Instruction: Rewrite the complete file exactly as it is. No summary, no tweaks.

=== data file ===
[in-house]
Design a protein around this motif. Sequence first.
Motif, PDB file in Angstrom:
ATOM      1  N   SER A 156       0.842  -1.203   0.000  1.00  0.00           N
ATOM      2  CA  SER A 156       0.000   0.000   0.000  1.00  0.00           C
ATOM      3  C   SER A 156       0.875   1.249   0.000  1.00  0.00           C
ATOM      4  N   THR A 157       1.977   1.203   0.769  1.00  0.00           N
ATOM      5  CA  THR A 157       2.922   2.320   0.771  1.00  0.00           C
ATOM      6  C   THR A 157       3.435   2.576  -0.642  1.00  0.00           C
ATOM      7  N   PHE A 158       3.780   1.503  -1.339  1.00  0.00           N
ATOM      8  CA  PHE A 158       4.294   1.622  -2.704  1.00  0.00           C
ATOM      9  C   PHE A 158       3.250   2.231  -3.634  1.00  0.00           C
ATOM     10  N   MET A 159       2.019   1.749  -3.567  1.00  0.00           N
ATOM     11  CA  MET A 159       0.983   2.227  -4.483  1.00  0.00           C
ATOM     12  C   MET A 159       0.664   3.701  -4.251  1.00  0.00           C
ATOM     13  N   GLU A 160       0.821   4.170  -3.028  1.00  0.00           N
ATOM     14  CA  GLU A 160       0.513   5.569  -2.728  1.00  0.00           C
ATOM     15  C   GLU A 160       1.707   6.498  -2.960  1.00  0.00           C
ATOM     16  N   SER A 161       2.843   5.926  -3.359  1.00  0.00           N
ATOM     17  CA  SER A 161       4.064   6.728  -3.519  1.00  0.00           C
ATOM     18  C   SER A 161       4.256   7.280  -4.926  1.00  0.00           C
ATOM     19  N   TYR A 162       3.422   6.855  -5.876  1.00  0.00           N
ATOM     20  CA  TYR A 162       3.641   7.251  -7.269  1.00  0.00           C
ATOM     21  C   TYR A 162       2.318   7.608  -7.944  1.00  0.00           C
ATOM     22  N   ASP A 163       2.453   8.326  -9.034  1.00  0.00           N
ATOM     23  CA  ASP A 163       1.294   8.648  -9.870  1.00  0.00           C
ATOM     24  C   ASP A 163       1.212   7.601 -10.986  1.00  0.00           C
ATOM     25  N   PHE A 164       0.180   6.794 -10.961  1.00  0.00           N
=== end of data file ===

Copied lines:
[in-house]
Design a protein around this motif. Sequence first.
Motif, PDB file in Angstrom:
ATOM      1  N   SER A 156       0.842  -1.203   0.000  1.00  0.00           N
ATOM      2  CA  SER A 156       0.000   0.000   0.000  1.00  0.00           C
ATOM      3  C   SER A 156       0.875   1.249   0.000  1.00  0.00           C
ATOM      4  N   THR A 157       1.977   1.203   0.769  1.00  0.00           N
ATOM      5  CA  THR A 157       2.922   2.320   0.771  1.00  0.00           C
ATOM      6  C   THR A 157       3.435   2.576  -0.642  1.00  0.00           C
ATOM      7  N   PHE A 158       3.780   1.503  -1.339  1.00  0.00           N
ATOM      8  CA  PHE A 158       4.294   1.622  -2.704  1.00  0.00           C
ATOM      9  C   PHE A 158       3.250   2.231  -3.634  1.00  0.00           C
ATOM     10  N   MET A 159       2.019   1.749  -3.567  1.00  0.00           N
ATOM     11  CA  MET A 159       0.983   2.227  -4.483  1.00  0.00           C
ATOM     12  C   MET A 159       0.664   3.701  -4.251  1.00  0.00           C
ATOM     13  N   GLU A 160       0.821   4.170  -3.028  1.00  0.00           N
ATOM     14  CA  GLU A 160       0.513   5.569  -2.728  1.00  0.00           C
ATOM     15  C   GLU A 160       1.707   6.498  -2.960  1.00  0.00           C
ATOM     16  N   SER A 161       2.843   5.926  -3.359  1.00  0.00           N
ATOM     17  CA  SER A 161       4.064   6.728  -3.519  1.00  0.00           C
ATOM     18  C   SER A 161       4.256   7.280  -4.926  1.00  0.00           C
ATOM     19  N   TYR A 162       3.422   6.855  -5.876  1.00  0.00           N
ATOM     20  CA  TYR A 162       3.641   7.251  -7.269  1.00  0.00           C
ATOM     21  C   TYR A 162       2.318   7.608  -7.944  1.00  0.00           C
ATOM     22  N   ASP A 163       2.453   8.326  -9.034  1.00  0.00           N
ATOM     23  CA  ASP A 163       1.294   8.648  -9.870  1.00  0.00           C
ATOM     24  C   ASP A 163       1.212   7.601 -10.986  1.00  0.00           C
ATOM     25  N   PHE A 164       0.180   6.794 -10.961  1.00  0.00           N